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James HobartWill 2004 Be the Year We Abandon HTML?

by James Hobart

June 2004

 

Probably not. However, I have a strong sense that this will be the year for a major shift in technology deployment for enterprise Internet applications away from HTML/JavaScript and toward the adoption of rich client solutions. Actually, the term "rich client" has been somewhat abused, so let’s start off with a common sense clarification. We define a "rich client" as allowing true business processing, asynchronous data transfer between client and server, and pixel-level graphics manipulation, all without requiring trips to the server.

What's Wrong With HTML?

Actually, for 95% of the web, HTML works great for delivering content to users. However, when large-scale enterprise transactional applications are being deployed via the Web, HTML often simply does not deliver what users want. We've been called in on numerous application efforts where the "old" client/server application was replaced with the new web application only to find frustrated users telling us stories about how a typical transaction takes far too many mouse clicks, requires multiple pages to navigate, and produces mayhem if the Back button is clicked. It appears the "click/refresh" issue of HTML/browsers is not going away anytime soon; yet, the main usability issue associated with transactional enterprise Internet applications is slow response time. Noble attempts at solving these usability and performance issues are often handled by hard-working development teams; but, in the end, what we often see is a huge set of unwieldy JavaScript code, late projects, and frustrated end-users.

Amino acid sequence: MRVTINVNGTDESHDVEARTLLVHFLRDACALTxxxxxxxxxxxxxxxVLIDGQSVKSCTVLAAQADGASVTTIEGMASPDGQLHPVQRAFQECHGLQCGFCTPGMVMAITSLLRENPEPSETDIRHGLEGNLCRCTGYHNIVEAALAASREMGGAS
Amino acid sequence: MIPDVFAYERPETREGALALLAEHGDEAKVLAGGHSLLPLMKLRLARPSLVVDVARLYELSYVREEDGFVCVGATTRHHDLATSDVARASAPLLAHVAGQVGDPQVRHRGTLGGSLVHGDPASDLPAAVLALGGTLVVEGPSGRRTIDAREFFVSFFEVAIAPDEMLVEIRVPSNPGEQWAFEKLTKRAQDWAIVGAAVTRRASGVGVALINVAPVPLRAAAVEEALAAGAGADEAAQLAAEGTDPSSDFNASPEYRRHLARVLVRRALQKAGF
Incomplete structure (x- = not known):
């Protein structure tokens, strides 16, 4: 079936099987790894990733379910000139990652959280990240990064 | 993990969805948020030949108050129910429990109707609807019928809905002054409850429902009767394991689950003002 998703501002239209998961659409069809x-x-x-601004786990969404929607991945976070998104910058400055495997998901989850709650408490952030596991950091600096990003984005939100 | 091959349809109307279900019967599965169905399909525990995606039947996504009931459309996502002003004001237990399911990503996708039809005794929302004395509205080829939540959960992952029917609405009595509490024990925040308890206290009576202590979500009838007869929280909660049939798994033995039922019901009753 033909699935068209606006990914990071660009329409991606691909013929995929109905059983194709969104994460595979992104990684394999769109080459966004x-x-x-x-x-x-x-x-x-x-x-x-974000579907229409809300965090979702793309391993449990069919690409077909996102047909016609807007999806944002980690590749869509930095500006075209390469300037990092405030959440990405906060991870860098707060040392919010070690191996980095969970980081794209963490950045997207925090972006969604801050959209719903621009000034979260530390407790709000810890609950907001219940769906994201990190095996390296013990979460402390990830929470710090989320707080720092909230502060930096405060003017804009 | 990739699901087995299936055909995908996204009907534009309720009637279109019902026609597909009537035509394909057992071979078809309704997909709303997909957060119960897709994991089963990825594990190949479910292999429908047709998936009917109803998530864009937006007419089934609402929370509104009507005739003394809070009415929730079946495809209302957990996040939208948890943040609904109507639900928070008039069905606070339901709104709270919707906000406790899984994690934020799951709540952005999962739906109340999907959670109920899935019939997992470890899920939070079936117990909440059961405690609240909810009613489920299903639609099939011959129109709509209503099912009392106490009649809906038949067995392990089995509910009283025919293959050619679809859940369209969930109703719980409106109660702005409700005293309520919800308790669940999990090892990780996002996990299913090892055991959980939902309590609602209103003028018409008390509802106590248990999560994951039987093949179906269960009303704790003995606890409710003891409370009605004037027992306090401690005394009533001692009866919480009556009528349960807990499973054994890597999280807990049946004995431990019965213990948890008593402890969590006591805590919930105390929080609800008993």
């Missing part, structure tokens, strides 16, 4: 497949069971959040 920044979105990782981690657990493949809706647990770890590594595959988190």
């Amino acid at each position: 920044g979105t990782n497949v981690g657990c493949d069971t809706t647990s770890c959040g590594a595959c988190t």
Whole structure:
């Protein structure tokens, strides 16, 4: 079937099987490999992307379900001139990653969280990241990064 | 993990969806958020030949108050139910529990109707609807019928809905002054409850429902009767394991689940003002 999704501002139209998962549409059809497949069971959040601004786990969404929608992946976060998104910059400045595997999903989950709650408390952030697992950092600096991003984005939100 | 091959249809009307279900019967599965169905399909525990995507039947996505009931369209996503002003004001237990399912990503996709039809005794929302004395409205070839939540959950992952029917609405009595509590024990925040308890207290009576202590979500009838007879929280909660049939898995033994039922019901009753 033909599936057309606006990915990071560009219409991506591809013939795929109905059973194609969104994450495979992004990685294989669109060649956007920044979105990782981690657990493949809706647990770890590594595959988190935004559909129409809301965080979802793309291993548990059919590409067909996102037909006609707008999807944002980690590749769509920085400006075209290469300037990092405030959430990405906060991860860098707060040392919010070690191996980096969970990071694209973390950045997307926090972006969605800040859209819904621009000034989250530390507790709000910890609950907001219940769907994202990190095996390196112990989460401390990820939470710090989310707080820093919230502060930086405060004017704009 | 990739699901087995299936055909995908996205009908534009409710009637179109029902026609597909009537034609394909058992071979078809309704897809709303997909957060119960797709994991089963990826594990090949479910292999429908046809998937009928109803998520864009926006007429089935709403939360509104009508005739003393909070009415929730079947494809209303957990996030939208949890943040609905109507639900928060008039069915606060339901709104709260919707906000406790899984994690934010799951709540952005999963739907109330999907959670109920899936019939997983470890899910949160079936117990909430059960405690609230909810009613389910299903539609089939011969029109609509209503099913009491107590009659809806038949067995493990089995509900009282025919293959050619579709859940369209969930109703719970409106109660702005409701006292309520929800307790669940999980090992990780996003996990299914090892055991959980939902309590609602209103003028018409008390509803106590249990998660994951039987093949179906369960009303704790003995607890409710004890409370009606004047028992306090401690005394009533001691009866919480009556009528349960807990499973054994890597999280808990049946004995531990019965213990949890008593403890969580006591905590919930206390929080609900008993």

Which UI Design Patterns Need More Than HTML?

A UI design pattern is a technique for describing in detail a proven solution to a known design problem. We classify UI design patterns into high level "domains" as a way of grouping similar operation models, task patterns, and deployment constraints. While the HTML/browser combination has been an excellent fit for the B2C (business to consumer) domain, it quickly breaks down in more complex domains like B2E (business to employee) and B2B (business to business) where usage frequency, complexity, and scale increase significantly. Often these domains contain applications provided by the company to its employees where there is no choice but to use it (CRM, ERP, etc.). As companies look to leverage what they've learned on their external facing systems, they will often find that the user types are very different and the deployment constraints, like browser support, are not as broad. Extending browser functionality to meet the needs of these UI pattern domains often requires a new set of technologies, standards for deployment, and usability testing to ensure the new patterns are leveraged for an optimal user experience.